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The Stiver House

206, Main, Town of Markham, Ontario, Canada

Formally Recognized: 1978/01/10

Of note is the three bay symmetrical facade.; Kirsten Pries, 2008.
Facade, The Stiver House, 2008
Of note is the chimney on the low hip roof.; Kirsten Pries, 2008.
South Elevation, The Stiver House, 2008
Of note is the Neo-classical entrance.; Kirsten Pries, 2008.
Entrance, The Stiver House, 2008

Other Name(s)

The Stiver House
The Eckardt Stiver House
The Fredrick Eckardt House
Fern Cottage
206 Main Street

Links and documents

Construction Date(s)

Listed on the Canadian Register: 2010/01/29

Statement of Significance

Description of Historic Place

The Stiver House is located at 206 Main Street, on the west side of Main Street in Unionville, Town of Markham. The one storey adobe brick dwelling was constructed circa 1829.

The property was designated by the Town of Markham in 1978 for its heritage value under Part IV of the Ontario Heritage Act (By-law 4-78).

Heritage Value

Built circa 1829 the Stiver House is thought to be the oldest remaining dwelling in Unionville. It was built for a member of the Eckardt family, one of the first families to settle in the Town of Markham. The Stiver family, also descendants from the original settlers from Germany, lived in the home passing it down from generation to generation. During the late 20th century the residence was converted into a business.

The Stiver House is a good representation of a Regency cottage, often called the Ontario Cottage style because of its popularity in Ontario. The symmetrical three bay facade is flanked by Venetian windows with sidelights. The Neo-classical entryway is centrally located with a shelf entablature and four fluted pilasters. Between the pilasters are sidelights. On the low hip roof are two chimneys constructed of the same material as the rest of the dwelling.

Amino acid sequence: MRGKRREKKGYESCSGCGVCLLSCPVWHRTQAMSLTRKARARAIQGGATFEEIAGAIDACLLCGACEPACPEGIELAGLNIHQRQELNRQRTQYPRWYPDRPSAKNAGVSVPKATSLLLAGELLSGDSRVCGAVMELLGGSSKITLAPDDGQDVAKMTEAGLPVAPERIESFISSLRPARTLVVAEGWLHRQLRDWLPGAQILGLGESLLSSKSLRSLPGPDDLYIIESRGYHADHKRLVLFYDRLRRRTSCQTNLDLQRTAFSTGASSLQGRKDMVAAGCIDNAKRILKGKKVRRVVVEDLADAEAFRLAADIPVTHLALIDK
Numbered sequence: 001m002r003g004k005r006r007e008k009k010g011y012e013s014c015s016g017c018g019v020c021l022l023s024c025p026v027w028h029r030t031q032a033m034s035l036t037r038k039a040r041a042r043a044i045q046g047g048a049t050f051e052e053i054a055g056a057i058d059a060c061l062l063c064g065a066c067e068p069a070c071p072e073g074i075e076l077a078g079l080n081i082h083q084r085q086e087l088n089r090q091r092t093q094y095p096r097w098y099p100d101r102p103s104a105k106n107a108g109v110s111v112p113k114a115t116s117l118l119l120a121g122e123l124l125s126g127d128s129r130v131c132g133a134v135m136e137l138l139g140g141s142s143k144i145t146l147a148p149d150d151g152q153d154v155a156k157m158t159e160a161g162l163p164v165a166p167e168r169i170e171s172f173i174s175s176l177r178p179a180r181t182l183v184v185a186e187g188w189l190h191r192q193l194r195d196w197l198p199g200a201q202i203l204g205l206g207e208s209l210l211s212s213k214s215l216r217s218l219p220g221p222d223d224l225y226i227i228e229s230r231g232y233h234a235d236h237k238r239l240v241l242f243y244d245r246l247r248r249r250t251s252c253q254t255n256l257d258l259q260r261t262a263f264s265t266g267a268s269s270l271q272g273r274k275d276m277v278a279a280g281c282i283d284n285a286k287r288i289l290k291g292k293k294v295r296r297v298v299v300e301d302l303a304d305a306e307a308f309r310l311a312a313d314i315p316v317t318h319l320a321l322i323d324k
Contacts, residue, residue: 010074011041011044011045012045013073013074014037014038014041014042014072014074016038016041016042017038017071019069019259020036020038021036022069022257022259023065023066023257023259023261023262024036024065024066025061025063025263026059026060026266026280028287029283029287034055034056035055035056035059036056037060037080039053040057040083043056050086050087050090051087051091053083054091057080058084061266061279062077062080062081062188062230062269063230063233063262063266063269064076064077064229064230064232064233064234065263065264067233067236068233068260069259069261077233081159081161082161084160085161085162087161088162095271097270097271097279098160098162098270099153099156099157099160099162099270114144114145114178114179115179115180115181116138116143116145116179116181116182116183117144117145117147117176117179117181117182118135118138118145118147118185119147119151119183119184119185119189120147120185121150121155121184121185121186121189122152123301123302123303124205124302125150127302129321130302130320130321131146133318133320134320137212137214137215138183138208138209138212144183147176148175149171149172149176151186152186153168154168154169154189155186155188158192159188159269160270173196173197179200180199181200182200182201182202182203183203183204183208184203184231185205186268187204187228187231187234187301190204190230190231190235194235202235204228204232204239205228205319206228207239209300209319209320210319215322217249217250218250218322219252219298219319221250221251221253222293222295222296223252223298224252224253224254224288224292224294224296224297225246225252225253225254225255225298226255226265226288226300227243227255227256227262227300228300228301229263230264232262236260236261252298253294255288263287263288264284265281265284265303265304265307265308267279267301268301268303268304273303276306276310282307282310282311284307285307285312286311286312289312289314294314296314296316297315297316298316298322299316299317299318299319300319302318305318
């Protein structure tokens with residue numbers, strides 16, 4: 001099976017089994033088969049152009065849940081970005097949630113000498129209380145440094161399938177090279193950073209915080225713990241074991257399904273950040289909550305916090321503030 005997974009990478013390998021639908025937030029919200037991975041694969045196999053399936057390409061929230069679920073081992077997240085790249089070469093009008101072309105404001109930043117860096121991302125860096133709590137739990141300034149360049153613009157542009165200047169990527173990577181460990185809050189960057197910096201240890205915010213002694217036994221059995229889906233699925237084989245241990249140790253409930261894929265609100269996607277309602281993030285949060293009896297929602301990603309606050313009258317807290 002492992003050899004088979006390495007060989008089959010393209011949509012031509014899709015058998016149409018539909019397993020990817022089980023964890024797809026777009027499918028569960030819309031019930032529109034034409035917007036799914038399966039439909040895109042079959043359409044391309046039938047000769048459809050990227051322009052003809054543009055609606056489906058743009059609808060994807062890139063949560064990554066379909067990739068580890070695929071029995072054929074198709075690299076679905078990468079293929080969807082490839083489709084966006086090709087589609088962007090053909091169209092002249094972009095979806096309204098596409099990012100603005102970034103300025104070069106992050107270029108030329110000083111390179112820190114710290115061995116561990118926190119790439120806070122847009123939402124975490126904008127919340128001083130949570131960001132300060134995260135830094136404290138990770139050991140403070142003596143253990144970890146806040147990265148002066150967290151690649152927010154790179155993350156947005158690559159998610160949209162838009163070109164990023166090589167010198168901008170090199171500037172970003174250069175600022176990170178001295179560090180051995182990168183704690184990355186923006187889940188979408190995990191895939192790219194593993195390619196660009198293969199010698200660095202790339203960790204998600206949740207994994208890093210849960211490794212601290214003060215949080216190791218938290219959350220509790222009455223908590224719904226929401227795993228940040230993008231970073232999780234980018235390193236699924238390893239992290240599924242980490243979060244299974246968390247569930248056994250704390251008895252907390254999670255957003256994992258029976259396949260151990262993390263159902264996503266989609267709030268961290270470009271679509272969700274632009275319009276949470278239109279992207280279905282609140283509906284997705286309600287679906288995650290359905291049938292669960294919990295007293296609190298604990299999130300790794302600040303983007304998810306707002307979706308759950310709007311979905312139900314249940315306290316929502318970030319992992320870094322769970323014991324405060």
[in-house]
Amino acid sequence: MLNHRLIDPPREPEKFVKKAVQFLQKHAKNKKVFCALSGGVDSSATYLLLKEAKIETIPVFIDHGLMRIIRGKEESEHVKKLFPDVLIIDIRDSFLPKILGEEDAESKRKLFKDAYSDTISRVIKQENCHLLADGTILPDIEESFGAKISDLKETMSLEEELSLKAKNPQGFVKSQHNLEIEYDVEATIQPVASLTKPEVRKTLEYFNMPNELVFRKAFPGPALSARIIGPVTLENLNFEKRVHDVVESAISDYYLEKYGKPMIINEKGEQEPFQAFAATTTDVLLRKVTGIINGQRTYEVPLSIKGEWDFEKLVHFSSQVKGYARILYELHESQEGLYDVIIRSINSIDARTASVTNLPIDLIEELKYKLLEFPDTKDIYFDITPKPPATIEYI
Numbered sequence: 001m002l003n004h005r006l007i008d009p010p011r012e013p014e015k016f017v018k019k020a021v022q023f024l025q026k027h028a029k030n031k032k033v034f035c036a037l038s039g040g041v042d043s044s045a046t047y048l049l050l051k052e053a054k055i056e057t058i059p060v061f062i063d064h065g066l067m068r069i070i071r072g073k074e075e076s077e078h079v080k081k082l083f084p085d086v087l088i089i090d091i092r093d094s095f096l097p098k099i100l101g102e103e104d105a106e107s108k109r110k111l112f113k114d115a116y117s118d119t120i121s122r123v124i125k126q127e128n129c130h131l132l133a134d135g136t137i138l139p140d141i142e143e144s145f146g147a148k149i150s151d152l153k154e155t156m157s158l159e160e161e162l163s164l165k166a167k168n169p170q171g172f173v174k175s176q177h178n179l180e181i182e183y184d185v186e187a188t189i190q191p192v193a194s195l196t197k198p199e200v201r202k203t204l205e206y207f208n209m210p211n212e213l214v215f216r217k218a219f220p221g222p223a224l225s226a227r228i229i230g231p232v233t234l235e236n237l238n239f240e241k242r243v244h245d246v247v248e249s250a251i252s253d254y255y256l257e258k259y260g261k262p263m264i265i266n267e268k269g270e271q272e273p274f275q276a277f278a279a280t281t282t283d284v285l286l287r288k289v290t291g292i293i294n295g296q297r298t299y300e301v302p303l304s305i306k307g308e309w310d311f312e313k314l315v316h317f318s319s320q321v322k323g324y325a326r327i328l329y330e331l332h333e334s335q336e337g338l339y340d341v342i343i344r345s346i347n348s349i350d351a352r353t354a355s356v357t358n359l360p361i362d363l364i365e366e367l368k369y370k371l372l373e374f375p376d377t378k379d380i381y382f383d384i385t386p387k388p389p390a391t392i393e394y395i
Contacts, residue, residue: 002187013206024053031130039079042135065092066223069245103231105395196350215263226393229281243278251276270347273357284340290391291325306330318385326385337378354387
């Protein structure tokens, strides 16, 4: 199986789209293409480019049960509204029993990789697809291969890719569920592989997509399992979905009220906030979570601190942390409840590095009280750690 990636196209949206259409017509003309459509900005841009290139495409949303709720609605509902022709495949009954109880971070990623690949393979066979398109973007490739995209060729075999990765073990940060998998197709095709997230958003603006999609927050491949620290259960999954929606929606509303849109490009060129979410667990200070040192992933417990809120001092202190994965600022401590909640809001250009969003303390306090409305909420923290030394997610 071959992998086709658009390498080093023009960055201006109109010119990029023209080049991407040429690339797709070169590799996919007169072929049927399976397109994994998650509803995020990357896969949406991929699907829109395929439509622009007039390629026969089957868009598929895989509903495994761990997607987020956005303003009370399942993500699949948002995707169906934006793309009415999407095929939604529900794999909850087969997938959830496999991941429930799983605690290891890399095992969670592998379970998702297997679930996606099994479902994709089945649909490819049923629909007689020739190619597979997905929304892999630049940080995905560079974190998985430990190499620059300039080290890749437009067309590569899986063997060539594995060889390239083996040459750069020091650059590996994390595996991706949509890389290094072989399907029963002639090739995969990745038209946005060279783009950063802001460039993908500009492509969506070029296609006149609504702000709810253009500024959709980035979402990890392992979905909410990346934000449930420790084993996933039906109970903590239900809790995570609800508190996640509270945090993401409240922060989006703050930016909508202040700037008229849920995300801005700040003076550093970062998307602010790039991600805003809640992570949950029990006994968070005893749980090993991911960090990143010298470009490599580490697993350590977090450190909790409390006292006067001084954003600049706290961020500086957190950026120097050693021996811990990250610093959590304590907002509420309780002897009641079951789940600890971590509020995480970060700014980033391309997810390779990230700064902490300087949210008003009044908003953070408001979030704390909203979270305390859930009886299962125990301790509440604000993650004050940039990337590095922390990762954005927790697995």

A significant feature of the house is the adobe, or mud, bricks of which it was constructed. York Region is a common place to find buildings constructed of mud materials because of the large clay deposits pioneers found on their land. The bricks for the Stiver House were constructed from clay taken from the excavations for the basement. Mixed with water and fall wheat straw they were put into forms and left to harden in the sun. Since this type of brick tended to disintegrate on contact with water the buildings were adorned with wide, overhanging eaves. The use of this building material did not survive past the pioneer period and many of these buildings were covered with stucco and fired bricks.

Sources: Town of Markham By-law 4-78.

Character-Defining Elements

Character defining elements that contribute to the heritage value of the Stiver House include the:
- one storey adobe covered with stucco and fired bricks exterior
- low hip roof
- Neoclassical door surround
- shelf entablature
- four square pilasters
- recessed sidelights
- two chimneys




Recognition Authority

Local Governments (ON)

Recognition Statute

Ontario Heritage Act

Recognition Type

Municipal Heritage Designation (Part IV)

Recognition Date


Historical Information

Significant Date(s)


Theme - Category and Type

Expressing Intellectual and Cultural Life
Architecture and Design

Function - Category and Type


Commerce / Commercial Services
Shop or Wholesale Establishment


Single Dwelling

Architect / Designer




Additional Information

Location of Supporting Documentation

Town of Markham Planning and Urban Design Department 101 Town Centre Boulevard Markham, ON L3R9W3

Cross-Reference to Collection

Fed/Prov/Terr Identifier




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